Teachers Council breaking own rules

By Kate Shuttleworth

The teachers name may not be suppressed before the court, but the Teachers Council suppress the majority of names in decisions published on its website. Photo / Thinkstock
The teachers name may not be suppressed before the court, but the Teachers Council suppress the majority of names in decisions published on its website. Photo / Thinkstock

Head of the Teachers Council Peter Lind acknowledged today before a Parliamentary Select Committee it has been breaking its own rules.

Mr Lind appeared before the Regulations Review Committee over complaints the council have suddenly decided to enforce a little known rule.

Mr Lind said it was safe to say the Teachers Council were not likely to enforce a $1000 fine for a breach of name suppression order imposed by the Teachers Council Disciplinary Tribunal.

Last year the council posted a notice on its website saying the tribunal decisions "are protected by a restriction of publication under section 32(1) of the New Zealand Teachers Council (Conduct) Rules 2004.

"No person or organisation may publish any report or account of a hearing, publish any part of any document, record, or other information produced at a hearing, and/or publish the name, or any particulars of the affairs, or any party witness at a hearing".

Journalists have been reporting on decisions for some time and none have been prosecuted for doing so.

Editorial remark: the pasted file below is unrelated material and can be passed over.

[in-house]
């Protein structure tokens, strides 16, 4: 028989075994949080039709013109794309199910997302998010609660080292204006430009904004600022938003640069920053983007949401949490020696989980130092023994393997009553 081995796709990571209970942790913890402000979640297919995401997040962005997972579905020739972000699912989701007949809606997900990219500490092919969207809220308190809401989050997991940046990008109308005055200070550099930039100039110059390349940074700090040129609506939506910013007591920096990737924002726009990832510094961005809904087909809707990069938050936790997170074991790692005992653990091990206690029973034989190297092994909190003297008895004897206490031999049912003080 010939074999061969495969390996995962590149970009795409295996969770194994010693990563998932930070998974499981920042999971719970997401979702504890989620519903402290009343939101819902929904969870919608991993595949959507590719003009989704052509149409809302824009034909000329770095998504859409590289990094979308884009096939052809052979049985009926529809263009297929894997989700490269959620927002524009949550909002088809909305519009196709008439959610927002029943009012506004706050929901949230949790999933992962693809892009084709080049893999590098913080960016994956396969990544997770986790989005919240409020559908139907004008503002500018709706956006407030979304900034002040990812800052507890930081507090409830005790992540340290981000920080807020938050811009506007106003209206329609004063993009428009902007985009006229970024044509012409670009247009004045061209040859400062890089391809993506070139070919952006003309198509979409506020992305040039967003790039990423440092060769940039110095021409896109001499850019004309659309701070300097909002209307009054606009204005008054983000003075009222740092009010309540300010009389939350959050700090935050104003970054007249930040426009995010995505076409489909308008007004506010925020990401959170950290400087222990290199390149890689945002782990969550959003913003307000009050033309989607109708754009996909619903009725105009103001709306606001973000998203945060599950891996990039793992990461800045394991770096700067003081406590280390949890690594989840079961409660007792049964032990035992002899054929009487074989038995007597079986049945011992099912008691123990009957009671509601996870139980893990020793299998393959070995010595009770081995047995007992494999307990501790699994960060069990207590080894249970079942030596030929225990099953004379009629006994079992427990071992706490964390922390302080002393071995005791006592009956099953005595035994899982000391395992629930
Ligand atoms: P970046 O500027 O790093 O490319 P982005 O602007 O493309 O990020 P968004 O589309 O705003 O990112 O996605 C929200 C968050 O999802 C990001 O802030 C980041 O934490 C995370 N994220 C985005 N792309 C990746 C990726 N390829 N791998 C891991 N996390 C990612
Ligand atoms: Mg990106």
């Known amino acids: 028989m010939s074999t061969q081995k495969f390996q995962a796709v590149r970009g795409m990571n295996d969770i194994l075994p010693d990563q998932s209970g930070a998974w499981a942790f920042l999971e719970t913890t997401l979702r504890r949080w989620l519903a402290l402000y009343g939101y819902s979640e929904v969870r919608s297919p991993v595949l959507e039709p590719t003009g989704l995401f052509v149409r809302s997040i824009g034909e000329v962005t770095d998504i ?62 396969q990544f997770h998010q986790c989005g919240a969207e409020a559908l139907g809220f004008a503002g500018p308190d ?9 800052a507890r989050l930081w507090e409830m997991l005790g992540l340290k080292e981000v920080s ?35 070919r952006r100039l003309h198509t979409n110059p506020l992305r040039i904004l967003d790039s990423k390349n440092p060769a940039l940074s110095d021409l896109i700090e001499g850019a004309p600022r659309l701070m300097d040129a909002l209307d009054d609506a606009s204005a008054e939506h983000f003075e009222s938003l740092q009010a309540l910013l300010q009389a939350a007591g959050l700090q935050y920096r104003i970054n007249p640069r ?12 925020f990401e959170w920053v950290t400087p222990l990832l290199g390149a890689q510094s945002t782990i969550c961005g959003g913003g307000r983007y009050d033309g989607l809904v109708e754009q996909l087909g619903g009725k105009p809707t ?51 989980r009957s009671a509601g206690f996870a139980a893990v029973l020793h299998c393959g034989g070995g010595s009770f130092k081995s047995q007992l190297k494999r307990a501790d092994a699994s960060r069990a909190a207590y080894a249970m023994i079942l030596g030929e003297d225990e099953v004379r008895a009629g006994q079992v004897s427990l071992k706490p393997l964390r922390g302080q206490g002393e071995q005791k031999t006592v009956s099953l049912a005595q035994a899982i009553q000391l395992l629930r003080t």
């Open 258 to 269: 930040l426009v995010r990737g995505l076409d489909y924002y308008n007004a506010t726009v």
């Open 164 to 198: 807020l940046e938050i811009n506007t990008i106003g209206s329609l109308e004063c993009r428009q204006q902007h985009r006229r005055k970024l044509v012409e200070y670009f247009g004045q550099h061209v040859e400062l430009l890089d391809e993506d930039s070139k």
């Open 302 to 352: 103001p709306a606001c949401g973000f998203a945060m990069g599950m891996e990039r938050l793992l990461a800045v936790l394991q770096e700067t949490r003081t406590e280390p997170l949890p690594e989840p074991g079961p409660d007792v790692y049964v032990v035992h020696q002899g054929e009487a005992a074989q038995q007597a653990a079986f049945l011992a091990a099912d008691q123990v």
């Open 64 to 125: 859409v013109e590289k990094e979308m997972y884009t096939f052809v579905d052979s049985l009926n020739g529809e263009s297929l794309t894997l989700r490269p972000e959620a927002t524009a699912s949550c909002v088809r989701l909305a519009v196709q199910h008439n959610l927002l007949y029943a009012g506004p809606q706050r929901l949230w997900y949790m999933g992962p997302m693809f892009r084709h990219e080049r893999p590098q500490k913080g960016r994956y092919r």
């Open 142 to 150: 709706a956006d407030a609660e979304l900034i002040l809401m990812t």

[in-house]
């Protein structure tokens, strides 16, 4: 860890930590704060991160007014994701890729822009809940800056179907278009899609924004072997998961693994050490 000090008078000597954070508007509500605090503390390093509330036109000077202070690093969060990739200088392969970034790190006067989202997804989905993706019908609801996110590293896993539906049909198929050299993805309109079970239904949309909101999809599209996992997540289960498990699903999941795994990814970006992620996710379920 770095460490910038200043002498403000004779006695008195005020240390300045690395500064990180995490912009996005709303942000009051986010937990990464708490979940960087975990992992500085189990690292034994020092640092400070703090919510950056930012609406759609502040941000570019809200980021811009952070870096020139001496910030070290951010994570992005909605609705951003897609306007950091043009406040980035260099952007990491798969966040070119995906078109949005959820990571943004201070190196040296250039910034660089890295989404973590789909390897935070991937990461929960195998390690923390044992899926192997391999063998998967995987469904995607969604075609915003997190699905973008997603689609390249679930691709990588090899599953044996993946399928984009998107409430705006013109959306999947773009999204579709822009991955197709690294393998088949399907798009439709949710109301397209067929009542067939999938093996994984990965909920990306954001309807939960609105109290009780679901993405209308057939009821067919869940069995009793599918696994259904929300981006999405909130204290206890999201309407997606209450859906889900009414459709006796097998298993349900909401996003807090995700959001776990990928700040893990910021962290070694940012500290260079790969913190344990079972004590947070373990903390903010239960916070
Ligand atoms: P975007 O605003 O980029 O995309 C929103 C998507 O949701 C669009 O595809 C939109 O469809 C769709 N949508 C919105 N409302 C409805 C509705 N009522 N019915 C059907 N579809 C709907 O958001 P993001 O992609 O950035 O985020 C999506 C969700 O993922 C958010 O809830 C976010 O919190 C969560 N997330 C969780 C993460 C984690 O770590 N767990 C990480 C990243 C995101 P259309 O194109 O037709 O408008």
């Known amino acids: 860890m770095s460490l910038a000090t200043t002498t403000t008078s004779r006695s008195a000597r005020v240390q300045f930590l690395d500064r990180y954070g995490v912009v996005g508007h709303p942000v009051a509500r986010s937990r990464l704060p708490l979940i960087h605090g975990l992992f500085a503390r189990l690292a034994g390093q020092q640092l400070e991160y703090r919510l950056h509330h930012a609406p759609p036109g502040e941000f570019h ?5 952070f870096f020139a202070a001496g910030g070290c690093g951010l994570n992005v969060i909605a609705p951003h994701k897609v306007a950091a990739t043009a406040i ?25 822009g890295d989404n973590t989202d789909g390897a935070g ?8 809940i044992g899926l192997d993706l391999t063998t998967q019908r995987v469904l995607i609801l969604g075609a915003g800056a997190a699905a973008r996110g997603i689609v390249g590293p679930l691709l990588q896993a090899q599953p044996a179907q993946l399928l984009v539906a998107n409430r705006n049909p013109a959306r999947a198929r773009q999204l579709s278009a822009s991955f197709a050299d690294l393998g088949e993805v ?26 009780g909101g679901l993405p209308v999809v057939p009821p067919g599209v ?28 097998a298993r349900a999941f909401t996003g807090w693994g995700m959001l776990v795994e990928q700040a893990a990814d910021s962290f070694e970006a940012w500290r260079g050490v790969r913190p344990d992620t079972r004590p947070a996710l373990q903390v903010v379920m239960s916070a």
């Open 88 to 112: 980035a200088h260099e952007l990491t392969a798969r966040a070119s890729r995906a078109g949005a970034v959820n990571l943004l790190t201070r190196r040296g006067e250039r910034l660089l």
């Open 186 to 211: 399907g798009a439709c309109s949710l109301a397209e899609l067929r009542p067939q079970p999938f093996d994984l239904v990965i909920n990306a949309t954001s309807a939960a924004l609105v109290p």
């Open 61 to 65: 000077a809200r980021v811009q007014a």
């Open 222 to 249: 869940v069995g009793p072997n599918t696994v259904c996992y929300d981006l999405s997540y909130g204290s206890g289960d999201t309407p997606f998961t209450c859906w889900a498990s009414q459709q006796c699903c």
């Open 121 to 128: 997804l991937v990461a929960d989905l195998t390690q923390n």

The tribunal considers cases in which teachers' registration comes under question - these matters can include more minor offences from drink driving to serious cases where teachers have come before the courts for sexual misconduct.

The teachers name may not be suppressed before the court, but the Teachers Council suppress the majority of names in decisions published on its website.

Herald on Sunday Editor Bryce Johns said in a submission the rule had not been known to media and was an attack on freedom of expression.

"The prohibition is one of the heaviest shrouds of secrecy over any statutory disciplinary body in New Zealand.

"This blanket rule turns the basic constitutional presumption of open justice and accountability on its head".

Wellington barrister Graeme Edgeler in his submission to the committee recommended it disallow rule 32 under section 5 of the Regulations (Disallowance) Act, or amend any or all of rules 31-33 under section 0 of the Regulations (Disallowance) act to better provide freedom of expression.

He said the rule allowed the Teachers Council to effectively regulate the news media.

"I do not consider that Parliament would have intended that a power to set up a Disciplinary Tribunal, and to provide rules regulating it, would incorporate a power to regulate the news media."

The council has recently decided to highlight the rules and potentially enforce them.

Johns drew parallels to the way health professions and lawyers were treated by relevant professional disciplinary tribunals.

"The disciplinary tribunals for both of these groups of professionals hold public hearings, but are empowered to close hearings, or suppress names and evidence where necessary."

He said there was no reasonable justification to prohibit the publication of all information.

Mr Lind said the tribunal had limited power to enforce any penalty for a breach of its suppression orders.

The Teachers Council is in the process of being reviewed.

The Herald on Sunday has requested the Teachers Council revisit and rescind the rule and in the meantime revert to the previous position of not seeking to enforce it.

*The Herald on Sunday is owned by APN New Zealand, publisher of APNZ

- APNZ

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